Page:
Join FanFiAddict’s Adrian M. Gibson and award-winning author T. R. Napper for a chat about the birth and progression of the cyberpunk genre, punk aesthetics, Vietnamese history, Southeast Asia as a setting, memory and PTSD, immigration and identity, his short story collection Neon Leviathan, his new debut novel 36 Streets and much more.
People seem to love lists, and while I am not always a huge fan of making them (I believe reviews speak for themselves), it is always fun to revisit the amazing novels I have had a chance to read over the last year. Below, you will find the covers for my Top 25 Reads of […]
moment I read and loved Skyward Inn and From The Neck Up just cemented this. Each and every story stands out and there isn’t a single story that is weaker than the others. Whiteley is a power house in spec fic writing and you just need to start reading her works if you haven’t already.
In the authors note at the very beginning Nina Allan talks about her journey as a writer, and about the stories that are within the book. She lets you know that the first three are very early stories, and that she has mostly left the stories untouched, except for some minor edits and clean up. The first three stories are definitely different to the rest, they show huge potential and give you a lot less answers than the rest of the stories. They’re ones that leave you wondering just what was going on, and to be honest it wasn’t my favourite. However, where they really shone was to show just how much Allan’s writing has grown and developed over the years.
The Book of the Baku follows Sean, a teenager who has been through something so traumatic that he is mute. We follow his story both in the present day and in the past as he tries to stop what is happening to him and his Grandad. While dialogue is minimal in the book (after all Sean is mute for most of it) there’s still this real feeling of connection. From the moment Sean picks up The Book of the Baku his whole world starts to turn upside down and slowly things get creepier and creepier. The relationship between Sean and his Grandad goes through several different stages and while they may only have met each other I found myself really rooting for them both.
I debated for a little while the best way to review this book, it felt too general to just do a summary so I’m doing a bunch of mini reviews for the stories we get within this anthology. Overall, I enjoyed this, there are some stand-out stories and a few that have already faded from memory. I feel that this is the case with most anthologies and with the exception of V. E. Schwab the authors are all new to me! Don’t ask me how but that’s just how my reading has worked out.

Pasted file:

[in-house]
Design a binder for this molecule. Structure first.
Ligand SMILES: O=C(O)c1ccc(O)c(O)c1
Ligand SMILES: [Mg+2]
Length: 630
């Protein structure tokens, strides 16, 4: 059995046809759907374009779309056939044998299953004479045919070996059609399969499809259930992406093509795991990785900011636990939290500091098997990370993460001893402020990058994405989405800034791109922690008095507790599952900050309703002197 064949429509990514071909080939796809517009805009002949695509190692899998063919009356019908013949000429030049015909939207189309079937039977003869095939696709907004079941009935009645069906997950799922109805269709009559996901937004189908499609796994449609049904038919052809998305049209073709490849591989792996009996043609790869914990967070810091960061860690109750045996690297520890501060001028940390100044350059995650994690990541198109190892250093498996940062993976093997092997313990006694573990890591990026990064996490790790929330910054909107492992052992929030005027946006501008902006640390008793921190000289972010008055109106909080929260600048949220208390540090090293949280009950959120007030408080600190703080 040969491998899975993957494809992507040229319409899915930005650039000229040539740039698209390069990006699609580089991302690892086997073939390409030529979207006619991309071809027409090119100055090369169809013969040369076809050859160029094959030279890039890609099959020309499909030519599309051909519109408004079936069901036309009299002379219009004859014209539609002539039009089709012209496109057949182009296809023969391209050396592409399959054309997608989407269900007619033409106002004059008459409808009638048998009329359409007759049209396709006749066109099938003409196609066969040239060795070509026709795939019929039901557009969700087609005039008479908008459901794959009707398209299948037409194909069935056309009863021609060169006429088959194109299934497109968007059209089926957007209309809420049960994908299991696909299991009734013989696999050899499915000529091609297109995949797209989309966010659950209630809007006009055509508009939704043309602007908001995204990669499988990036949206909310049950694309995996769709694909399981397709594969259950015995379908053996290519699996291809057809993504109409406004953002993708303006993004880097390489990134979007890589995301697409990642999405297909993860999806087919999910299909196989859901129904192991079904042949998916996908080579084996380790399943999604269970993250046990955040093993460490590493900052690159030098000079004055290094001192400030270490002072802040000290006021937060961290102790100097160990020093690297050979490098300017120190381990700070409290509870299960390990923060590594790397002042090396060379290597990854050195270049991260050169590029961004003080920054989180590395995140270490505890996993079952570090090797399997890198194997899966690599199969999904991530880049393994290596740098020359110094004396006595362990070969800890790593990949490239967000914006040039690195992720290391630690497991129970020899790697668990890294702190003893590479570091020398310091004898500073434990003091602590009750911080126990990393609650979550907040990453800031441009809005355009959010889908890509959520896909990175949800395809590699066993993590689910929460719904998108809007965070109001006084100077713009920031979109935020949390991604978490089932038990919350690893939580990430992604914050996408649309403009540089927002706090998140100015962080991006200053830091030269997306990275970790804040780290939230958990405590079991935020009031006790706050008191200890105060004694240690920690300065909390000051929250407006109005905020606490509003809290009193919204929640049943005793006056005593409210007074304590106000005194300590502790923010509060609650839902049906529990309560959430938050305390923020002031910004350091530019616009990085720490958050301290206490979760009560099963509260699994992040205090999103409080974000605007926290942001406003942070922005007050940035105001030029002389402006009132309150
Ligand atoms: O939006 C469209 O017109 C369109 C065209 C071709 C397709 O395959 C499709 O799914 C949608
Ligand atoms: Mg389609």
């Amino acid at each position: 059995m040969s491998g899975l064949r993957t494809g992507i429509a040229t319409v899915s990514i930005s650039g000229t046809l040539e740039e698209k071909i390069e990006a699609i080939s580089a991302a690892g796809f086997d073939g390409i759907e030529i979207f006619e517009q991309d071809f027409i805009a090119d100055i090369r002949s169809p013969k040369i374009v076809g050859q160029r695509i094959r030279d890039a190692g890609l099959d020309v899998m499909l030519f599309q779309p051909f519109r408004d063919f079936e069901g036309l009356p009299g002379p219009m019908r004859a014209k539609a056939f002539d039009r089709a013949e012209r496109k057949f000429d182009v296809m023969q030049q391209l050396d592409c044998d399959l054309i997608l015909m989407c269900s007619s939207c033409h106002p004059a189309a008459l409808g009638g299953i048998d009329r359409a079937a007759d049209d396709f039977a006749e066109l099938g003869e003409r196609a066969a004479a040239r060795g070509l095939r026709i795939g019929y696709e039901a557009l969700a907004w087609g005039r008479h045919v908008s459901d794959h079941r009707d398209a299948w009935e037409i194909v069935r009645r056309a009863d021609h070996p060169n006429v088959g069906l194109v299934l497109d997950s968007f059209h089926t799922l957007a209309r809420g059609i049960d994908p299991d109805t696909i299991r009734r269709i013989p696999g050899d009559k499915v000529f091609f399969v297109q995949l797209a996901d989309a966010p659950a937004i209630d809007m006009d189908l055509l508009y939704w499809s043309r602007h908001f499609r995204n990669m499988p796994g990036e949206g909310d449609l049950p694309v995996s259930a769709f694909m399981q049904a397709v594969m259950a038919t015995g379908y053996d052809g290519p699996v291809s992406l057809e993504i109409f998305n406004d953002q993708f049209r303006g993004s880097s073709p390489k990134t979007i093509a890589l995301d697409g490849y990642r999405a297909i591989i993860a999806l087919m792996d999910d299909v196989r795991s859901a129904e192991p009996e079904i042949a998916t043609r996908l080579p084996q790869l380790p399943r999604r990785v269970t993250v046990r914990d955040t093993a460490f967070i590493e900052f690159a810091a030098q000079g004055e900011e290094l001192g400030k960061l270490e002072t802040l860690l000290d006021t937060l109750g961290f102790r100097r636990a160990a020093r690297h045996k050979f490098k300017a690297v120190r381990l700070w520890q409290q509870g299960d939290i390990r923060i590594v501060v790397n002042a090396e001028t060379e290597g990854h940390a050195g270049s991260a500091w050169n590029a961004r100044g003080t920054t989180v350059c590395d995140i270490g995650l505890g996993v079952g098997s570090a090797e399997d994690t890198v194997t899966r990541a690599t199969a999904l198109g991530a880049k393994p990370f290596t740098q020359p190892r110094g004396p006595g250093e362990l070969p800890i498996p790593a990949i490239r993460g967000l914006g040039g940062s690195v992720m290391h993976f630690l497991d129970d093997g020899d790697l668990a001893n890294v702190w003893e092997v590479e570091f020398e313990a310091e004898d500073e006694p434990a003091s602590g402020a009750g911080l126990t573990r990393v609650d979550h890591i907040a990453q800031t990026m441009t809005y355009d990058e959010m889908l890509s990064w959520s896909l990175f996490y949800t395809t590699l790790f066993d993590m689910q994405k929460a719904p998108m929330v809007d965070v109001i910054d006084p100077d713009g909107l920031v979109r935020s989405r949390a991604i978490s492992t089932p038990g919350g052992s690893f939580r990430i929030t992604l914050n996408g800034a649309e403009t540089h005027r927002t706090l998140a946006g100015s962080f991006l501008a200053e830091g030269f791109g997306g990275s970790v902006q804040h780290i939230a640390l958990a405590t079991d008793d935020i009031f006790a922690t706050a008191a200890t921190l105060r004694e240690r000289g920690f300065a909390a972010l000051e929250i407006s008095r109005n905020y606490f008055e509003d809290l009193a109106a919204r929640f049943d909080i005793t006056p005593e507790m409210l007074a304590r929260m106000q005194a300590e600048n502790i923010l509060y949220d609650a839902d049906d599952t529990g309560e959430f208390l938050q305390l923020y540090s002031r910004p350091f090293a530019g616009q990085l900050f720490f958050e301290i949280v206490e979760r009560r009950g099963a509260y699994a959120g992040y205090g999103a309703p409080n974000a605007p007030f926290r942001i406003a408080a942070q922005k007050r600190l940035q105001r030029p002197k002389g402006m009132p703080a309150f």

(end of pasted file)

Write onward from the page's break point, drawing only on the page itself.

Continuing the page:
This is a Sci-Fi set on a moon at the edge of the universe, where the reach of The Accord barely exists and lawlessness abounds. I loved reading a story about a backwater moon where the rest of the universe is clearly populated, if not entirely cared for. It gives the characters who live there a lot to fight for and not a lot to lose. The race across the landscape means you see farms where crops can’t grow, towns built like prison hulks, and shining fancy transport that is at odds with its surroundings. Somehow Holborn has taken this space-desert moon and filled it with life and with threats.
Welcome to FanFiAddict’s monthly list of Science Fiction and Fantasy books we think you should look out for. They are listed alphabetically as well as by release date, so a book appearing higher or lower on this list than you expected it to has no relative bearing on our hype-levels nor our expectation of quality. Now, buckle up, sit back, and enjoy the ride.
Join David as he chats with author Alex White about the first time they met, Alien, Star Trek, giant freaking robots, and so much more. Their new novel, Alien: Into Charybdis hits store bookshelves on February 23rd – https://amzn.to/3dKiQZJ For signed copies, make sure to check out Read It Again Bookstore – https://www.read-it-again.com/alex-wh…